Photo by Melody

PlantFiles: Gas Plant, Burning Bush
Dictamnus albus

Family: Rutaceae (roo-TAY-see-ee) (Info)
Genus: Dictamnus (dik-TAM-nus) (Info)
Species: albus (AL-bus) (Info)

Synonym:Dictamnus fraxinella
Synonym:Dictamnus caucasicus
Synonym:Dictamnus fraxinellus var. caucasicus

5 vendors have this plant for sale.

46 members have or want this plant for trade.


24-36 in. (60-90 cm)

24-36 in. (60-90 cm)

USDA Zone 3a: to -39.9 C (-40 F)
USDA Zone 3b: to -37.2 C (-35 F)
USDA Zone 4a: to -34.4 C (-30 F)
USDA Zone 4b: to -31.6 C (-25 F)
USDA Zone 5a: to -28.8 C (-20 F)
USDA Zone 5b: to -26.1 C (-15 F)
USDA Zone 6a: to -23.3 C (-10 F)
USDA Zone 6b: to -20.5 C (-5 F)
USDA Zone 7a: to -17.7 C (0 F)
USDA Zone 7b: to -14.9 C (5 F)
USDA Zone 8a: to -12.2 C (10 F)
USDA Zone 8b: to -9.4 C (15 F)
USDA Zone 9a: to -6.6 C (20 F)
USDA Zone 9b: to -3.8 C (25 F)

Sun Exposure:
Full Sun
Sun to Partial Shade

Handling plant may cause skin irritation or allergic reaction

Bloom Color:
White/Near White

Bloom Time:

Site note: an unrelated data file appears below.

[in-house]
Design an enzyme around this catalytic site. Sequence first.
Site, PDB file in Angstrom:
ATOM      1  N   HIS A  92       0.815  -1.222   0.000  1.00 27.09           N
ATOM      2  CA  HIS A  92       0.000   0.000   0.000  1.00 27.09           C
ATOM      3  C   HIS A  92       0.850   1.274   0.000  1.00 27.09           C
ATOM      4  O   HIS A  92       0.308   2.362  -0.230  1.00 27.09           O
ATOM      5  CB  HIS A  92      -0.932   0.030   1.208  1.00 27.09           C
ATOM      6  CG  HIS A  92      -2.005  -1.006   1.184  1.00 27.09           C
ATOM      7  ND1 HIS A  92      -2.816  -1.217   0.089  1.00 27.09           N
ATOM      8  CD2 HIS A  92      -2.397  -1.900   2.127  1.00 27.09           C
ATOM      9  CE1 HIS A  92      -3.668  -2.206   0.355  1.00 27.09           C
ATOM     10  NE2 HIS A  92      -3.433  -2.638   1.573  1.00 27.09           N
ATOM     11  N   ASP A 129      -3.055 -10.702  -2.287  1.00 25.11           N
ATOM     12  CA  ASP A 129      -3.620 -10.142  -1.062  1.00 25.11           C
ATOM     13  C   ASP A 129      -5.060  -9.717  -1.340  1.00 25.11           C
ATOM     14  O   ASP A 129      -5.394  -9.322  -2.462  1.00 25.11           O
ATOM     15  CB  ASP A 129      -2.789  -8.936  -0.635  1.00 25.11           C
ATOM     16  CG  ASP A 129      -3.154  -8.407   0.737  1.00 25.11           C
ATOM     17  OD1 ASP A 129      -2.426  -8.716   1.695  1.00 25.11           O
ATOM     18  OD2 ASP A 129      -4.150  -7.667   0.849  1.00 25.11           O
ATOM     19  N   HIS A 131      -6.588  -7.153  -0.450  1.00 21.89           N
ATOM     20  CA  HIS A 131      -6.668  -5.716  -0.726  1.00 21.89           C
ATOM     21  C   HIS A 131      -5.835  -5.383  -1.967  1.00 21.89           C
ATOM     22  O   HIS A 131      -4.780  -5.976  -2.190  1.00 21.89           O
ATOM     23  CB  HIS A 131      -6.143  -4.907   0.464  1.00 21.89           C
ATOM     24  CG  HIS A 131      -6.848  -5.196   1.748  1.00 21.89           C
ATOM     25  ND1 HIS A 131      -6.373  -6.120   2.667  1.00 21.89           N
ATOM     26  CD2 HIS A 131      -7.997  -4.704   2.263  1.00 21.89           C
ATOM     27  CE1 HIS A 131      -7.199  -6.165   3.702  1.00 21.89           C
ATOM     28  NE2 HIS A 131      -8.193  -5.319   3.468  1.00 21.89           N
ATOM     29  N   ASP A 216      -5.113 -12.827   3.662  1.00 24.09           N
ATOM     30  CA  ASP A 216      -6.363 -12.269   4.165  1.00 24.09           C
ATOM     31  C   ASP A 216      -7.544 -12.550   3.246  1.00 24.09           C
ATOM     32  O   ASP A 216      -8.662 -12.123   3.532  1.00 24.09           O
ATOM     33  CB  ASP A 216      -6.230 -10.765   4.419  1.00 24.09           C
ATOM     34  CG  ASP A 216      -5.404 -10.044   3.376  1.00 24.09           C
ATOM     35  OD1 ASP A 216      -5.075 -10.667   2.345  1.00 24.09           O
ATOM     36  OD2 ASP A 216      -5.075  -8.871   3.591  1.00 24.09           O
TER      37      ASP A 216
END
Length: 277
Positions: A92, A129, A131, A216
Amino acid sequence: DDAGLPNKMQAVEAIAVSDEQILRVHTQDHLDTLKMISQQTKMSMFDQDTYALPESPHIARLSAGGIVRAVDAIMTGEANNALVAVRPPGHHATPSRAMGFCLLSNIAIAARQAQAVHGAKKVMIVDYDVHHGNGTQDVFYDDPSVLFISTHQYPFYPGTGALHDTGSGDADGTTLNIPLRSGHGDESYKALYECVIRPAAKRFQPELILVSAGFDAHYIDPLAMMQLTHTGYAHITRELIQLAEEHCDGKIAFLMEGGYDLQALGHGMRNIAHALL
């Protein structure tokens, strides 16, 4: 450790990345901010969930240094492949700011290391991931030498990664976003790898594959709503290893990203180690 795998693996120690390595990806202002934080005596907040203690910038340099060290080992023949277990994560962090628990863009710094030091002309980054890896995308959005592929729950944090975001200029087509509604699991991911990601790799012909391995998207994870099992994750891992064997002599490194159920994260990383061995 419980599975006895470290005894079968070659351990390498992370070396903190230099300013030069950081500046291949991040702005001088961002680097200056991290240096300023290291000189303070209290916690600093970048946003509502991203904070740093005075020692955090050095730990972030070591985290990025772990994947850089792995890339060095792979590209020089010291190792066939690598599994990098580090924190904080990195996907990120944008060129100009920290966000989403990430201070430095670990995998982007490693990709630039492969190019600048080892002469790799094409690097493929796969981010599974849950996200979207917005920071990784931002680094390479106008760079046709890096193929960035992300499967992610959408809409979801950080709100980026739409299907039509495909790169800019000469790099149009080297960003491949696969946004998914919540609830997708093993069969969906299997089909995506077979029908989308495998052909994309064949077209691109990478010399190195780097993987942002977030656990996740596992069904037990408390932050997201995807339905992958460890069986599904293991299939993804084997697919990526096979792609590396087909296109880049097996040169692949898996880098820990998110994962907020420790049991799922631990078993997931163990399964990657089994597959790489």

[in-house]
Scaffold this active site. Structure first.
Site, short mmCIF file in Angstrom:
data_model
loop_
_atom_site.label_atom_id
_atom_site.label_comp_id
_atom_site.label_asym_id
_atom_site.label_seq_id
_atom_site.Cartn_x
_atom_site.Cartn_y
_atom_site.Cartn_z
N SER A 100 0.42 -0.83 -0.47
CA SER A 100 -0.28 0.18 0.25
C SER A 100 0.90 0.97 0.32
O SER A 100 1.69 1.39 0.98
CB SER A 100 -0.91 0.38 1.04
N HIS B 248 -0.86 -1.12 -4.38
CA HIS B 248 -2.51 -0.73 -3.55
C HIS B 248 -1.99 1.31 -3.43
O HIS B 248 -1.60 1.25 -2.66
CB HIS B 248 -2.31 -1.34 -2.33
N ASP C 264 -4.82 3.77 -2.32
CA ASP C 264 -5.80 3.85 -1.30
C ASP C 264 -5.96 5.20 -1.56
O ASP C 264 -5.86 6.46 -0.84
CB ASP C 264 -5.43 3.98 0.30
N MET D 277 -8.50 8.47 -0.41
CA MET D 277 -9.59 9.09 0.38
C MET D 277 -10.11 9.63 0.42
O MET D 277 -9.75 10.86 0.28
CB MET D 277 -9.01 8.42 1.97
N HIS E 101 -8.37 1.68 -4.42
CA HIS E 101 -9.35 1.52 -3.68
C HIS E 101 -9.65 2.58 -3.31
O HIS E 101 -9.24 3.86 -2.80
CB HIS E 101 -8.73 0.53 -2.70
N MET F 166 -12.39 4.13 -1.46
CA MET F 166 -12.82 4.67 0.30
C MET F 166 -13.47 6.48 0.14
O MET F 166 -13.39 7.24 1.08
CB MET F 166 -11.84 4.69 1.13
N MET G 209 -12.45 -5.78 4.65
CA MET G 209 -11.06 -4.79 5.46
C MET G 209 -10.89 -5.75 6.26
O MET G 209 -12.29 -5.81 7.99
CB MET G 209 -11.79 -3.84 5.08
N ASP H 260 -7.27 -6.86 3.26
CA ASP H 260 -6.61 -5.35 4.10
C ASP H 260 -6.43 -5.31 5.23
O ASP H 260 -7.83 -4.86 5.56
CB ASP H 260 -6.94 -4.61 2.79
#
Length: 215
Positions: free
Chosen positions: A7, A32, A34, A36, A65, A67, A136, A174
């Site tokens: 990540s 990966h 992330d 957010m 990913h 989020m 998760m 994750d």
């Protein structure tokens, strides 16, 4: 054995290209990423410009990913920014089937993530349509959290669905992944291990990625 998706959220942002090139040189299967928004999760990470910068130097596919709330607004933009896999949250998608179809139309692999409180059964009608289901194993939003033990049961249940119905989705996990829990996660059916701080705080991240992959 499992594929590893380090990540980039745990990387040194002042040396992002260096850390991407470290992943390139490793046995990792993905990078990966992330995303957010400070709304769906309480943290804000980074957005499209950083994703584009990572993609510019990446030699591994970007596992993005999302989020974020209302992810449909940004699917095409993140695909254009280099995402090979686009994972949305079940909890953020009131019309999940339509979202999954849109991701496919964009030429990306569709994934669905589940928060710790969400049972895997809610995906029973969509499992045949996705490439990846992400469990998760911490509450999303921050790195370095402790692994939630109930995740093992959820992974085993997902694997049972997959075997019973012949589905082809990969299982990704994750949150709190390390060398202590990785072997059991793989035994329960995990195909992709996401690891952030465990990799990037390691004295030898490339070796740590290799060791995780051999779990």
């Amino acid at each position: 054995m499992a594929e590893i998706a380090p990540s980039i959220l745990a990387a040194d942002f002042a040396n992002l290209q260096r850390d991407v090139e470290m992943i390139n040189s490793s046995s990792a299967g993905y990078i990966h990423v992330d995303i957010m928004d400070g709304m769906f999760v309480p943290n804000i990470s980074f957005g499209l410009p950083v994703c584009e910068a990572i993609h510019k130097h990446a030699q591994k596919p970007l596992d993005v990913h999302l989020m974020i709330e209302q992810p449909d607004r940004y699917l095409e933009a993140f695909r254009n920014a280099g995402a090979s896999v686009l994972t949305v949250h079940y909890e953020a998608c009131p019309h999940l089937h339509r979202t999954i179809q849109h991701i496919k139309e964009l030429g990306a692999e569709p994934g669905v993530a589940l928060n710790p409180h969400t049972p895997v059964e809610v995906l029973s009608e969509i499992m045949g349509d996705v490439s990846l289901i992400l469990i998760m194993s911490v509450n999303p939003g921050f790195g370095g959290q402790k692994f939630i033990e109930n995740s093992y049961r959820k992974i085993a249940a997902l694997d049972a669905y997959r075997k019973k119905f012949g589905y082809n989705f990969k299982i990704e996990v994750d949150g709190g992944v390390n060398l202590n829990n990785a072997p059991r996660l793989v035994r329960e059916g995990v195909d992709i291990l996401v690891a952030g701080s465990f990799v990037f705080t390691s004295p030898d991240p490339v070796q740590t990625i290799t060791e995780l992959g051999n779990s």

Late Spring/Early Summer
Mid Summer


Other details:
This plant is attractive to bees, butterflies and/or birds
Average Water Needs; Water regularly; do not overwater

Soil pH requirements:
6.6 to 7.5 (neutral)
7.6 to 7.8 (mildly alkaline)
7.9 to 8.5 (alkaline)

Patent Information:

Propagation Methods:
From seed; direct sow outdoors in fall
From seed; winter sow in vented containers, coldframe or unheated greenhouse
From seed; stratify if sowing indoors

Seed Collecting:
Allow pods to dry on plant; break open to collect seeds

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11 positives
6 neutrals
No negatives

Gardeners' Notes:

Positive joerip On Aug 14, 2014, joerip from Indianapolis, IN wrote: